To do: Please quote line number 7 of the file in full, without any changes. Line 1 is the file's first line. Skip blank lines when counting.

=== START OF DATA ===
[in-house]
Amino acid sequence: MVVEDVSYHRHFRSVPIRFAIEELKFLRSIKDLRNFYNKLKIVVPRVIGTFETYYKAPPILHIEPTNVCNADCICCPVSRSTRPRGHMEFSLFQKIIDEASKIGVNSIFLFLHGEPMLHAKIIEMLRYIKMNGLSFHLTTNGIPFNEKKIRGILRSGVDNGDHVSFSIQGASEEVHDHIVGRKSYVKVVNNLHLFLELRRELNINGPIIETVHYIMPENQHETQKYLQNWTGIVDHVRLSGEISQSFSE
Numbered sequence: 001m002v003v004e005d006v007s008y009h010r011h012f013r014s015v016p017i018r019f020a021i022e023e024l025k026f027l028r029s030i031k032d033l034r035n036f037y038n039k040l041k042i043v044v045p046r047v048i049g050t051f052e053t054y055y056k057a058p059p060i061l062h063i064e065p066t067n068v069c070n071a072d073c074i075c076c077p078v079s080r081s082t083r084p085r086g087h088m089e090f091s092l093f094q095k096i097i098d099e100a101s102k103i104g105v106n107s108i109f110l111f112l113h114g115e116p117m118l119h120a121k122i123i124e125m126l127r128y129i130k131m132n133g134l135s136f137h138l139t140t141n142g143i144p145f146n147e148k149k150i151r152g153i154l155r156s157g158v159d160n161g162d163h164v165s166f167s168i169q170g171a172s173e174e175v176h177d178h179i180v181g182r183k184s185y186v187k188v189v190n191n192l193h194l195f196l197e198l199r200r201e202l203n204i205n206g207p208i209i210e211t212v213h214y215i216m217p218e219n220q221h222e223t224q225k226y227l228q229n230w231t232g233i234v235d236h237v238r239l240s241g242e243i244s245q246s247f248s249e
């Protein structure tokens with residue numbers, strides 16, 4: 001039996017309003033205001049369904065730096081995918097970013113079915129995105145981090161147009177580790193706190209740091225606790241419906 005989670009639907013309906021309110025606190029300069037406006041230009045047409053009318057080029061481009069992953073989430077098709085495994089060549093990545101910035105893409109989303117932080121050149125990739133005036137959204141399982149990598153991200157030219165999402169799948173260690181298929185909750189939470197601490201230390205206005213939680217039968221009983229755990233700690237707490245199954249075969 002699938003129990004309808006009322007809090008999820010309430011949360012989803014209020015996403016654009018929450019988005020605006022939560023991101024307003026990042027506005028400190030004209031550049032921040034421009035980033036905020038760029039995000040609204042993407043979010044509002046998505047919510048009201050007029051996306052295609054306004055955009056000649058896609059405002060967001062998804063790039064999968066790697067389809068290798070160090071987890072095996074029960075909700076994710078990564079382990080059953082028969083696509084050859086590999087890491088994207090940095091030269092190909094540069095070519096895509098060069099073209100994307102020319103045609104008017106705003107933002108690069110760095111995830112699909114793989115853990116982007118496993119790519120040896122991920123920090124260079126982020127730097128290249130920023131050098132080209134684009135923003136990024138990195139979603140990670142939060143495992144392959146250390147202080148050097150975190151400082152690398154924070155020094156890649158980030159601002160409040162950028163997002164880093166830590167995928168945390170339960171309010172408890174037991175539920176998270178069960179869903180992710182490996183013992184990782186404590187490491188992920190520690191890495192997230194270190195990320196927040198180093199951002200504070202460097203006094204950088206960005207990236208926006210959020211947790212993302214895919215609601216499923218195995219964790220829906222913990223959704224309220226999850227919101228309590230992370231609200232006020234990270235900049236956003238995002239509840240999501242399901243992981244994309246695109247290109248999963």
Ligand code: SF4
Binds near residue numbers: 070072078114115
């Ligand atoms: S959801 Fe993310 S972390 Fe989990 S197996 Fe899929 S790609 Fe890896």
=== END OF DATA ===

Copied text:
């Ligand atoms: S959801 Fe993310 S972390 Fe989990 S197996 Fe899929 S790609 Fe890896």